Much like the end of the first third carried right over to the start of the second third, the same happens here, with the previously described dry profile not changing much, if at all. While I’m not as thrilled about this iteration as I am that of the first half, it’s still pretty good. The final puffs of the Rocky Patel Martinique return some of the harshness and sharp pepper was found earlier, with a flavor that at times tastes like red chili pepper flakes that have been set on fire and sprinkled with hot sauce. Thankfully most of the sensation is fleeting, though there is some lingering tingle that calls for water or club soda to help cleanse the tongue of it. It an unexpected turn with just over an inch left, the cigar gets quite hot, and said heat does the cigar in with seeming nothing left as far as palatable flavor left to offer as pepper gets too bright on my palate, leaving behind a sensation similar to eating a pepper or hot sauce that’s simply too spicy. A much slower rate of puffing can salvage things a bit, but with no noticeable change in flavors, I’m content calling this two-plus hour smoke a wrap.

 

Final Notes

  • I can’t say I have a feel for what consumer consensus is around Honduran tobacco, but I have become more of a fan of it, something that started with the Asylum 33.
  • Here’s my obligatory harping about the unimaginative size of this cigar.
  • I’d love to see this in a smaller vitola, as I found the flavor profile quite enjoyable, but would prefer to have something a bit quicker to smoke.
  • The Martinique does not appear on the company’s website, something I’m a bit surprised by.
  • However, given the number of brands that the company makes for catalogs and online retailers, I’d be interested to know the number of active lines that aren’t on the website.
  • There’s a pictorial tour of the El Paraiso factory on the website, though it barely scratches the surface of the 120,000-square-foot facility. I had the chance to visit the factory a while back and it is quite impressive.
  • I can’t say I’m crazy about the bands, but I do think the integration of the TAA logo was executed quite well. The overall consistency and look is quite good, even with differing fonts on the primary logo.
  • The 2018 TAA Convention will be held April 15-19 in St. Maarten.
  • The TAA is made up of about 80 retailers—though many with multiple retail locations—who represent some of the biggest and most influential stores in the industry. The group gathers annually to discuss and address issues facing the industry, as well as hold its own trade show that works on a group buying format in order to secure significant deals based on the volume of orders.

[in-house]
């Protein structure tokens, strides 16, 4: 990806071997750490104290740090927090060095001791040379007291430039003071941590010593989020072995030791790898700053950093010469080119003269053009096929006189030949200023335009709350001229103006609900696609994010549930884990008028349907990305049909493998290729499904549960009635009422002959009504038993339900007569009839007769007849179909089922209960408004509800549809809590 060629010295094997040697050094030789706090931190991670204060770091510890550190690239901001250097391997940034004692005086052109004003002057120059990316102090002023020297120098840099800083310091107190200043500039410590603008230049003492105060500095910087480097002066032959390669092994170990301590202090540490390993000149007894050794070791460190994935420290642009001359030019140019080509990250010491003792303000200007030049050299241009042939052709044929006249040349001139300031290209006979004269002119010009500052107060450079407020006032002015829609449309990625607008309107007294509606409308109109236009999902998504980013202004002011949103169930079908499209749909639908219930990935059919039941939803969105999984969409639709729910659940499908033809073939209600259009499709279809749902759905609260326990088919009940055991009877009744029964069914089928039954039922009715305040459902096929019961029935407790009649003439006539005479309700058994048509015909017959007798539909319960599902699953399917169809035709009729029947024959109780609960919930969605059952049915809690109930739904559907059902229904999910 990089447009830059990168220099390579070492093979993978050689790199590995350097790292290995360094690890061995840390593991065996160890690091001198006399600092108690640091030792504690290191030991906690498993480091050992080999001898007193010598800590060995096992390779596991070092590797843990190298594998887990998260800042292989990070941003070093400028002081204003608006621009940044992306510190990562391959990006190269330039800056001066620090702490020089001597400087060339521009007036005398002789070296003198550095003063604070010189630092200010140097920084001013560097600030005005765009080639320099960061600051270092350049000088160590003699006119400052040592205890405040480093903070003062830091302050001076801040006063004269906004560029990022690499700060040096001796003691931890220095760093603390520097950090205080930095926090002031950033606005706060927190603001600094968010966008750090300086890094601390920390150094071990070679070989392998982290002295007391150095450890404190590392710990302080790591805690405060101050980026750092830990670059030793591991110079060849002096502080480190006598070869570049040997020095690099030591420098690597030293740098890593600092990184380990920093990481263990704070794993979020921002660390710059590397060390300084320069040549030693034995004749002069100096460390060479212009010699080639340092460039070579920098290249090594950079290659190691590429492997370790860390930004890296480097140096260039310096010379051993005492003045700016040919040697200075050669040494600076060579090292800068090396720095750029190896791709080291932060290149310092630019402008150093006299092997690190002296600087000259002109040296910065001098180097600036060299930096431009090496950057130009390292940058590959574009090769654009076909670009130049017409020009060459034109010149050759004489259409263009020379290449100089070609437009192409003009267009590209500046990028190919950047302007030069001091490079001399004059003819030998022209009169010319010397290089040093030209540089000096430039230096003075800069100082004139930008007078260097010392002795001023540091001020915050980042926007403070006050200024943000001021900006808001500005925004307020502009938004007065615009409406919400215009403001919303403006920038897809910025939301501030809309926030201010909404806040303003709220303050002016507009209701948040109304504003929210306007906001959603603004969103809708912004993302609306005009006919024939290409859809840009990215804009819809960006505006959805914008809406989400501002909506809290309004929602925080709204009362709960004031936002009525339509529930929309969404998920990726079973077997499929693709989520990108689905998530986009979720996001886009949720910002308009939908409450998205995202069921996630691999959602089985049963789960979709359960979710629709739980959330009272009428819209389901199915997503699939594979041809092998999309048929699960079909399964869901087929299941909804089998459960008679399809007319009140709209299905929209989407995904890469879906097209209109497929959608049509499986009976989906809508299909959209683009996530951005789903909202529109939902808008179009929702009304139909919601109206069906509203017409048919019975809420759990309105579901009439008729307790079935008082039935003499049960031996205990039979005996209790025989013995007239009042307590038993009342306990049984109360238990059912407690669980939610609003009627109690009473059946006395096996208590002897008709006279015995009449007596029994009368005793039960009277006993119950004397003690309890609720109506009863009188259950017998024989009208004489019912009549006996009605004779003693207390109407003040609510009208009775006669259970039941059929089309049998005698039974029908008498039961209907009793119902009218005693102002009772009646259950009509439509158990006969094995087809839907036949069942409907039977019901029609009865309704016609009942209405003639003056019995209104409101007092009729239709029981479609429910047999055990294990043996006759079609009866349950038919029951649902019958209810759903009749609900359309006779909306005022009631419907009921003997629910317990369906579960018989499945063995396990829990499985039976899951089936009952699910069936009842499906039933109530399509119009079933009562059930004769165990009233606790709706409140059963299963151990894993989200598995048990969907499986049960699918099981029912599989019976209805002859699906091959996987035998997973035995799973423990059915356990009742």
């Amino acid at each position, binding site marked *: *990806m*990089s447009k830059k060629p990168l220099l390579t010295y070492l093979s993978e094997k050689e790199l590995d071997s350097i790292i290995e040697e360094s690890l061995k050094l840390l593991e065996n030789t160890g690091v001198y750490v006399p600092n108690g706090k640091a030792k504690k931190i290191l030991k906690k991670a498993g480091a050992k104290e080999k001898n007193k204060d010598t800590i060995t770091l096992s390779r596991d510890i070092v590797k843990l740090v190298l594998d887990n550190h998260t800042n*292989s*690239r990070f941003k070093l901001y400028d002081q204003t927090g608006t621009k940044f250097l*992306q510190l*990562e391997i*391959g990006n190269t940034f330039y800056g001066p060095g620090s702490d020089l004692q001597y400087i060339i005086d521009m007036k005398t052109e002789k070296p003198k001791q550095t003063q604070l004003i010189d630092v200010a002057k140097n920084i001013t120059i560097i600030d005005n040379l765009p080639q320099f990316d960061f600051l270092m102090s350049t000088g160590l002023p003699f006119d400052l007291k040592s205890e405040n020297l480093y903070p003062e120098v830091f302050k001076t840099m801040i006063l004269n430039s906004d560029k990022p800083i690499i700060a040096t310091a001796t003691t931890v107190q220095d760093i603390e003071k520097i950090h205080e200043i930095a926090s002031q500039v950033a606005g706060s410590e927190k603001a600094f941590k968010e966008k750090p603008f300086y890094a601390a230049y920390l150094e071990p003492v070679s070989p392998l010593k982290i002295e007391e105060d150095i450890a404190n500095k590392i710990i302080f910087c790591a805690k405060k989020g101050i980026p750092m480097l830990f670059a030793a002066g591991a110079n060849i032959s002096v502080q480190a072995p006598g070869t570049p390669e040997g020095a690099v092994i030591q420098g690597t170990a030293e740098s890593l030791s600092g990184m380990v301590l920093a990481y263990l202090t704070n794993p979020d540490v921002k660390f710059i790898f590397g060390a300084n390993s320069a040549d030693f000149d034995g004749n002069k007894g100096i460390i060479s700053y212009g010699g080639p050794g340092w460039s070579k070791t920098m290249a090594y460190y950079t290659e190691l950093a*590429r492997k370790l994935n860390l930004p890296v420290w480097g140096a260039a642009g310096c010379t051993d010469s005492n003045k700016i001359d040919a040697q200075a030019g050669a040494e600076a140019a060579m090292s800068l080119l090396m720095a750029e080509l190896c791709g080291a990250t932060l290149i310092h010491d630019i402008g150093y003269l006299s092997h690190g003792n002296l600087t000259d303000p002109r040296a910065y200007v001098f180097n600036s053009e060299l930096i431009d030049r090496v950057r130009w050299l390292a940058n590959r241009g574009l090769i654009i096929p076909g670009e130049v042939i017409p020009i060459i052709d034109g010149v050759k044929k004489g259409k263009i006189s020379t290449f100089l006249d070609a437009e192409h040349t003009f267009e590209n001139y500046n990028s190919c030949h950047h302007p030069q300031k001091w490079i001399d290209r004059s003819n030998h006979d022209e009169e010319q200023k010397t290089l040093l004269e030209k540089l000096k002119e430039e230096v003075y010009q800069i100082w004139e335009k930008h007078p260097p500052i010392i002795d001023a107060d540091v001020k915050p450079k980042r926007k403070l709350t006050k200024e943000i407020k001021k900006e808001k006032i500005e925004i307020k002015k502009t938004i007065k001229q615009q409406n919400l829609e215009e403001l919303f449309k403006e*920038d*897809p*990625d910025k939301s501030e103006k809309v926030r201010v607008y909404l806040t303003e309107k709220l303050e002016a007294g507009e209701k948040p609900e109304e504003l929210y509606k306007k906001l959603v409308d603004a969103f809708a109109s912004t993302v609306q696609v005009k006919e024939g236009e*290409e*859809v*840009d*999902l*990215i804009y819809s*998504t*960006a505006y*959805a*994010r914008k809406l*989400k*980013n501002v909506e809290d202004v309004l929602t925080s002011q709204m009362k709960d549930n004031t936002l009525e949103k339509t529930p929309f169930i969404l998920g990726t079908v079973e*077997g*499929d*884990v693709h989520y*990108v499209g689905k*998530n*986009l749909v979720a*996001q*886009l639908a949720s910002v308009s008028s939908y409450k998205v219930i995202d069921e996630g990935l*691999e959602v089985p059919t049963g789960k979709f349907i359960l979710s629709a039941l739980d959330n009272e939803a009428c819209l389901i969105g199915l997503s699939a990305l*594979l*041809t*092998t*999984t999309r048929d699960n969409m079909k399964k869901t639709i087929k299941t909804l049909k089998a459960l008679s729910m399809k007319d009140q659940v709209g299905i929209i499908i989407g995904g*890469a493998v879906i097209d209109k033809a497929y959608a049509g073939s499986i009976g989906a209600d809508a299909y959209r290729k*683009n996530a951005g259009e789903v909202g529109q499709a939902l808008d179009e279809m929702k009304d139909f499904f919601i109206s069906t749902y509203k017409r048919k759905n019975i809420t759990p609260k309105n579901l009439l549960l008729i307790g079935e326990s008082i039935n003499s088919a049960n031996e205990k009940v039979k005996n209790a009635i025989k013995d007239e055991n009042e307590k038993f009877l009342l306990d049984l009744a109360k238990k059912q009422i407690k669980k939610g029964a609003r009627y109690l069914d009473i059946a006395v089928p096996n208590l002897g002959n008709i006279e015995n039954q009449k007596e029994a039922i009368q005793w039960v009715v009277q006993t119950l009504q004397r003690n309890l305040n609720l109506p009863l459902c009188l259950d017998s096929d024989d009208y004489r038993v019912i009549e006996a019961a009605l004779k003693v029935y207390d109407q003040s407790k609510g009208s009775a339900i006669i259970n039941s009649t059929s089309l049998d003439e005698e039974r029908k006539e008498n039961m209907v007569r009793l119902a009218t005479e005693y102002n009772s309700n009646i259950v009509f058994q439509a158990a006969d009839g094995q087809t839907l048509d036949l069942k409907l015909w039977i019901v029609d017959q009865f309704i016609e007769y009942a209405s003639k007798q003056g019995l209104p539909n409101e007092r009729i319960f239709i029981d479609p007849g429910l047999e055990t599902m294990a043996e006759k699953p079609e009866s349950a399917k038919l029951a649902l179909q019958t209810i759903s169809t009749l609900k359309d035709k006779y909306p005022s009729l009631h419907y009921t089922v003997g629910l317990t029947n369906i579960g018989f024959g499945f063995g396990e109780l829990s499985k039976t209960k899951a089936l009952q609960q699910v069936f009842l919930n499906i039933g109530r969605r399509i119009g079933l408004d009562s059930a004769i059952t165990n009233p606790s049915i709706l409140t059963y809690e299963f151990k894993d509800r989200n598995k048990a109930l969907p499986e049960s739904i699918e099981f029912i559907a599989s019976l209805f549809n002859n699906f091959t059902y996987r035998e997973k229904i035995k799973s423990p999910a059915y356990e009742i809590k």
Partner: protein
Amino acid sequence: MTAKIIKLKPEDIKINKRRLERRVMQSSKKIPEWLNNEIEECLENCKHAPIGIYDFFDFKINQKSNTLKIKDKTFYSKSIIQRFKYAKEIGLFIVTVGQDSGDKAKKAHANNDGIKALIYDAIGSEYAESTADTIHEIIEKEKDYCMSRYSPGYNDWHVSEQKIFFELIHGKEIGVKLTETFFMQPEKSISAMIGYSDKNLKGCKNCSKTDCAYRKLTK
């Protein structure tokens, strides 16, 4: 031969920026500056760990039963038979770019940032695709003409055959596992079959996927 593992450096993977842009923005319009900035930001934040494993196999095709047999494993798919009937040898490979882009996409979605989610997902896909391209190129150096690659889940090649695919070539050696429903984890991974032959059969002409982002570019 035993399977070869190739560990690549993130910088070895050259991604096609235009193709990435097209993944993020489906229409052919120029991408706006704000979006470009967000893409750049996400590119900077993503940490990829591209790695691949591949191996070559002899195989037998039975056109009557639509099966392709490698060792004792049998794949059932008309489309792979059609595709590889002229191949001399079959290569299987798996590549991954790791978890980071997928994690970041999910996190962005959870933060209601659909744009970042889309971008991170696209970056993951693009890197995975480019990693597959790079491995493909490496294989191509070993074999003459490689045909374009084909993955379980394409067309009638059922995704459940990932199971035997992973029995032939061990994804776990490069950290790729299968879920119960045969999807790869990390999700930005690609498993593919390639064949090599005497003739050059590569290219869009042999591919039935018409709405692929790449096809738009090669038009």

• There are also about 40 manufacturers that are part of the TAA.
  • Also releasing exclusive cigars for the TAA this year are Alec Bradley, Ashton, AsylumCrowned Heads, La Flor DominicanaLa PalinaMy Father, Padrón and Tatuaje. XIKAR also offered members early access to new finishes of its XO cutter, as did Padrón with its 1964 Anniversary Series Tubos.
  • For those not familiar with the island of Martinique, it’s located in the eastern Caribbean and is home to about 387,000 residents. It is considered to be an overseas region of France.
  • The cigars for this review were purchased by halfwheel.
  • Final smoking time was two hours and 15 minutes on average.
  • Site sponsors Elite Cigar Cafe (972.661.9136) and STOGIES World Class Cigars carries the Rocky Patel Martinique TAA 50th Anniversary.
86 Overall Score

Despite being fairly commonly used, Honduran tobacco doesn't seem to carry the same level of buzz or appreciation that is often found for tobacco from other countries such as Nicaragua, which is quite a shame because when it's good—as it the case in the Rocky Patel Martinique TAA 50th Anniversary—is quite enjoyable. The tobacco used in this cigar shows impressive levels of depth and complexity, while also being blended to offer some notable progressions and transitions that keep the cigar far from monotone. While it's not a perfect cigar thanks to consistent overheating in the final third and a few spots where it gets rather dry, it is quite enjoyable from start to finish. For as much as I dislike the size and would love to see something a bit smaller, I wouldn't hesitate to pick up a few more.

Null
Patrick Lagreid
About the author

I strive to capture the essence of a cigar and the people behind them in my work – every cigar you light up is the culmination of the work of countless people and often represents generations of struggle and stories. For me, it’s about so much more than the cigar – it’s about the story behind it, the experience of enjoying the work of artisans and the way that a good cigar can bring people together. In addition to my work with halfwheel, I’m the public address announcer for the Colorado Rockies and Arizona Diamondbacks during spring training, as well as for the Salt River Rafters of the Arizona Fall League, the WNBA's Phoenix Mercury and the Arizona Rattlers of the Indoor Football League. I also work in a number of roles for MLB.com, plus I'm a voice over artist. I previously covered the Phoenix and national cigar scene for Examiner.com, and was an editor for Cigar Snob magazine.

Related Posts

Null